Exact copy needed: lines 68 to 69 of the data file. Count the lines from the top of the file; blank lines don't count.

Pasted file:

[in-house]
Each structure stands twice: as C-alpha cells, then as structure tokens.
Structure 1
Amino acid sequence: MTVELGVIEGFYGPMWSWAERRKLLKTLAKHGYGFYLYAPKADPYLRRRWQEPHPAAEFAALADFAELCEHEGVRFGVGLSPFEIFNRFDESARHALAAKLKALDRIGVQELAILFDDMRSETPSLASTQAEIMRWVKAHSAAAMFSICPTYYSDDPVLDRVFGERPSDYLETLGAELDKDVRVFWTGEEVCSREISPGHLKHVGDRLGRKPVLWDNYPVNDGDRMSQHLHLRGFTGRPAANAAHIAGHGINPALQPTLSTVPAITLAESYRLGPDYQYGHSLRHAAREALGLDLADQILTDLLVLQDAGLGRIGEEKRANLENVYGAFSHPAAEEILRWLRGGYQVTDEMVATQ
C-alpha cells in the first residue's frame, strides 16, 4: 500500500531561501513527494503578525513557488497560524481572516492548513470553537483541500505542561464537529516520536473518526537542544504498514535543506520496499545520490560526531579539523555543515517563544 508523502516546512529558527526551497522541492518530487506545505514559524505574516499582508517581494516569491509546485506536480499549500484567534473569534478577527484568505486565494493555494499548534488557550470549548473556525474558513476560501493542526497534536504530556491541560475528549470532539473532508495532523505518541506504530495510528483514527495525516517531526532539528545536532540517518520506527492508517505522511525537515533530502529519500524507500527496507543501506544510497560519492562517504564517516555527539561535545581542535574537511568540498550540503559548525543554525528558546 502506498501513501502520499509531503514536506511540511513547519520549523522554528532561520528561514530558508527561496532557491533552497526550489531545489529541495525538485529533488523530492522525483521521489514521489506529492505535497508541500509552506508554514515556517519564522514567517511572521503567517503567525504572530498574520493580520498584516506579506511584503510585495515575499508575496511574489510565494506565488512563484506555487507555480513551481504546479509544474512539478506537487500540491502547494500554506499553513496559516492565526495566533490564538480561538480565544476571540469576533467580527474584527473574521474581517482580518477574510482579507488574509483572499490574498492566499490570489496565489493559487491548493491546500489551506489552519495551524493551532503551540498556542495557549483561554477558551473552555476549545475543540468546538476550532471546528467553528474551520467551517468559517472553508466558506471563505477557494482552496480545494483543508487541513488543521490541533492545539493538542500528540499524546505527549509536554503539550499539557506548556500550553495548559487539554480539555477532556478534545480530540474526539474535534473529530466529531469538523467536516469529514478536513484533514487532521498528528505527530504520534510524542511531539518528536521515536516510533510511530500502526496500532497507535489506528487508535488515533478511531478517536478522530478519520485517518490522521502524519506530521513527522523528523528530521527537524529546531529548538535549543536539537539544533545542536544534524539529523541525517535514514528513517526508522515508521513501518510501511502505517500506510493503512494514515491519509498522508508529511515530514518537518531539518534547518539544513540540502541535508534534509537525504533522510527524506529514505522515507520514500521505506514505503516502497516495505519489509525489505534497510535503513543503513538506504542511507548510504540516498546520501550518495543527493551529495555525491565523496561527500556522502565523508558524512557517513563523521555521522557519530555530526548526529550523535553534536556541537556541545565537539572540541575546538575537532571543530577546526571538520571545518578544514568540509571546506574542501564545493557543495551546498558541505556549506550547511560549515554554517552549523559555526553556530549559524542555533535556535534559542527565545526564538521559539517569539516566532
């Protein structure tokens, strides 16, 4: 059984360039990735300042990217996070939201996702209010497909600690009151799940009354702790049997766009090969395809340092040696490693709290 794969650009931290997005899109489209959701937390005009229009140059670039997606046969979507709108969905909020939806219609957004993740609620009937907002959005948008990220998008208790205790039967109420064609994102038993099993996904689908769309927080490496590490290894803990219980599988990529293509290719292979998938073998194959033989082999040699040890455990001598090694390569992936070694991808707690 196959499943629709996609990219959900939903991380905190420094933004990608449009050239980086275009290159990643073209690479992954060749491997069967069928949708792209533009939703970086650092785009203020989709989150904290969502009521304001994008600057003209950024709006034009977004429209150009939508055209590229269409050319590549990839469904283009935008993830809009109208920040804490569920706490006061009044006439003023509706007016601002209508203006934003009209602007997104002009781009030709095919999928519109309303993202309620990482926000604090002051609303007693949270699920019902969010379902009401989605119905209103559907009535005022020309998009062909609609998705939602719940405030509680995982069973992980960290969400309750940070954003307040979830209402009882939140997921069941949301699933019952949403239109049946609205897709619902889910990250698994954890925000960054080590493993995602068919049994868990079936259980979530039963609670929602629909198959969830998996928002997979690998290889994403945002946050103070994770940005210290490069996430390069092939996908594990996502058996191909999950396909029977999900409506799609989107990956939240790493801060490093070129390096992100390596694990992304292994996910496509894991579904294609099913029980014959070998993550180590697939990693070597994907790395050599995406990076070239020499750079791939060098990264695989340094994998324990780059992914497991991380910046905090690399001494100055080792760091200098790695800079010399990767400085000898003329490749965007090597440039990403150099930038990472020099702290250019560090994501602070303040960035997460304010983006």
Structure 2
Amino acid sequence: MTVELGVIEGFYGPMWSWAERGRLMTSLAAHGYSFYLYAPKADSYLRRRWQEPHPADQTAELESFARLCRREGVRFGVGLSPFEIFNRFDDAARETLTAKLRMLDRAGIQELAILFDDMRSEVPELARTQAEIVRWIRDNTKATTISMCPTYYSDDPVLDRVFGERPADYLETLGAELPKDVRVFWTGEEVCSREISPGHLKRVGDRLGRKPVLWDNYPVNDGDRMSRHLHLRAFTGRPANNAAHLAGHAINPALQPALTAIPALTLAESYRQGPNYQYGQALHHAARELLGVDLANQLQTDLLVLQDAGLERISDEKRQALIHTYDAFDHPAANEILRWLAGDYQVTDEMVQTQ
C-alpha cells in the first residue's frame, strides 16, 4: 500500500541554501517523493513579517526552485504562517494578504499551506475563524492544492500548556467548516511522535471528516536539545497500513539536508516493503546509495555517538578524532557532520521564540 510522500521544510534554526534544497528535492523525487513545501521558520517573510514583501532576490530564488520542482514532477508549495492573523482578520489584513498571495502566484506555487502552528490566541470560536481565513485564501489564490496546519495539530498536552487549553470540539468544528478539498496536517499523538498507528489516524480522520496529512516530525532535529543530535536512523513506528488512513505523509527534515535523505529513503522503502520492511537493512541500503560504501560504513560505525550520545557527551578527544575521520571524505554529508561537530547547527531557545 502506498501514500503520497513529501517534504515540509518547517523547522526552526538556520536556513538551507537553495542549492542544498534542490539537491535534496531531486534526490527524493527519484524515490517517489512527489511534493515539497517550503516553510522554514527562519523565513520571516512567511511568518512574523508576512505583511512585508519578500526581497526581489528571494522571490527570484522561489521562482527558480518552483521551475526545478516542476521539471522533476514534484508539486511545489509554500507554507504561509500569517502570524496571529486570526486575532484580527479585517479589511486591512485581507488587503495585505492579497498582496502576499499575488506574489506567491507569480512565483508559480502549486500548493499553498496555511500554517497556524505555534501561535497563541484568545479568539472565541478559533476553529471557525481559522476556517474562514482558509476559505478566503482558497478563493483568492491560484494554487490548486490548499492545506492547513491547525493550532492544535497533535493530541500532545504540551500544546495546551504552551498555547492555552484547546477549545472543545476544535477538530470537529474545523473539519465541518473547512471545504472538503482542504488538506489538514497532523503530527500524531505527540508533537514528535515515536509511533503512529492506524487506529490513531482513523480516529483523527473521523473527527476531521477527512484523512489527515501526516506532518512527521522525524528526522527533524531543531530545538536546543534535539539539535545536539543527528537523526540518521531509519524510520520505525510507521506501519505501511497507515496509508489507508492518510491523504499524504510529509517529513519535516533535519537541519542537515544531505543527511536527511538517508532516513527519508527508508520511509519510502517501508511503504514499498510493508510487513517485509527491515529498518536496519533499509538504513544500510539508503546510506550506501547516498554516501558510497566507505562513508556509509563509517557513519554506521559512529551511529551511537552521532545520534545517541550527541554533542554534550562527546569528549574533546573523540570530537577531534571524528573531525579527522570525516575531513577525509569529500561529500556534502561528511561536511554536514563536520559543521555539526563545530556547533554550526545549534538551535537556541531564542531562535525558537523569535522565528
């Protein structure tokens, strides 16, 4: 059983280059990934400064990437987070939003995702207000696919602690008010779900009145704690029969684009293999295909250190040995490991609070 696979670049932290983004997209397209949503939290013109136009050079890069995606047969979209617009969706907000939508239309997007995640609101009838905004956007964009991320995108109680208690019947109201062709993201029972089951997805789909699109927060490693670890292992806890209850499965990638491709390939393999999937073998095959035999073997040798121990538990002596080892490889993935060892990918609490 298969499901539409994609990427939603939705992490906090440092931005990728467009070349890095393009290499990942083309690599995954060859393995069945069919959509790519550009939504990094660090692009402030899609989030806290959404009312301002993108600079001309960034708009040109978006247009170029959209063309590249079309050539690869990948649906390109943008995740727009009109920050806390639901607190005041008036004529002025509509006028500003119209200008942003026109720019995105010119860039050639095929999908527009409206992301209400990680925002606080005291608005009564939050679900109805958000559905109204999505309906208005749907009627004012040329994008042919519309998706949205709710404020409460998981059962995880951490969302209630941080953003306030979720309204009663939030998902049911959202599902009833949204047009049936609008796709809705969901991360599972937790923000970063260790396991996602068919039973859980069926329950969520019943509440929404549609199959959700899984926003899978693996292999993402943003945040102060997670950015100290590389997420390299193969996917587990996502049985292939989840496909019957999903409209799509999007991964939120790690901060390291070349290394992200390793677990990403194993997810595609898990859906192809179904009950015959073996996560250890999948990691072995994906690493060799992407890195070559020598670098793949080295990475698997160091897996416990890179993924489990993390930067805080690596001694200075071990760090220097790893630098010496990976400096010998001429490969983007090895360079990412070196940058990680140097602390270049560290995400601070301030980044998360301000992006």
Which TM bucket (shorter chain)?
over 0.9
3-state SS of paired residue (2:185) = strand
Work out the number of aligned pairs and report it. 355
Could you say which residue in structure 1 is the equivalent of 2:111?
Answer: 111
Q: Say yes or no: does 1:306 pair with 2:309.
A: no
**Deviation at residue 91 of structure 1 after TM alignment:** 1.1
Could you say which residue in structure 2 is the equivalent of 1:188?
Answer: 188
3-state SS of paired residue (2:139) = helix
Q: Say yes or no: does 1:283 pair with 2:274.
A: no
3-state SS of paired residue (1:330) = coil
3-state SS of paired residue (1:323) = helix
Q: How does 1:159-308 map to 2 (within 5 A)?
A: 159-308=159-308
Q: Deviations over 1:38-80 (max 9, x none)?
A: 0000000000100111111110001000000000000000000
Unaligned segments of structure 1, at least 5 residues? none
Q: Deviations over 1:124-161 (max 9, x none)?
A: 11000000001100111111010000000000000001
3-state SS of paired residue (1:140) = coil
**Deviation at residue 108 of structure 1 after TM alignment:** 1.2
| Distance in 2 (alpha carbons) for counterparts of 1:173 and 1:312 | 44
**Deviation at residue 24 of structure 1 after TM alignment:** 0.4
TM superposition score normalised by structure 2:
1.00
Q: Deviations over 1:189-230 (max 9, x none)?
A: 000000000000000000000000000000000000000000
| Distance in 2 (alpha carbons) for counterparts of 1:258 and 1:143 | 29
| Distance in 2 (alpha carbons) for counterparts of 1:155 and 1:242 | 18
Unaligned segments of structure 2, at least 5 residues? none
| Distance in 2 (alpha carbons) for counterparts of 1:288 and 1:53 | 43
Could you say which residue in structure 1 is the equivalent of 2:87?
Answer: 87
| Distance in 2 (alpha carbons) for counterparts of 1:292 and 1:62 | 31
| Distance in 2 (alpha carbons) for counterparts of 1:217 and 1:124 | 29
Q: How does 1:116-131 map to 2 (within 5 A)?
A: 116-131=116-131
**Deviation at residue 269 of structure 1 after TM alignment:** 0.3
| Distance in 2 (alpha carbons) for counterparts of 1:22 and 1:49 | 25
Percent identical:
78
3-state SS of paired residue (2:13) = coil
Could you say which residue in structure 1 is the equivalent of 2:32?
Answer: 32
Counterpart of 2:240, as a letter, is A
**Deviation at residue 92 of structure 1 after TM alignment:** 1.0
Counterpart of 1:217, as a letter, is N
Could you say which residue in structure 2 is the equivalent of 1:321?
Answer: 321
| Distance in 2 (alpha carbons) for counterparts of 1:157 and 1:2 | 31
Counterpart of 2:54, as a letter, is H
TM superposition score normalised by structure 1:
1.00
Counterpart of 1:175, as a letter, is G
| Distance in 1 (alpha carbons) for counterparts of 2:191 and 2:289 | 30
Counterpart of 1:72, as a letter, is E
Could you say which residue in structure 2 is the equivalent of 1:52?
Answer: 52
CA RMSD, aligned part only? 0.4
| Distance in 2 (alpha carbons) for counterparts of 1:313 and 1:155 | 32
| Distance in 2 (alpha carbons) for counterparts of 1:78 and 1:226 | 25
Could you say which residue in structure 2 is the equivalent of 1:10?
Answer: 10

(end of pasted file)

Counterpart of 1:175, as a letter, is G
| Distance in 1 (alpha carbons) for counterparts of 2:191 and 2:289 | 30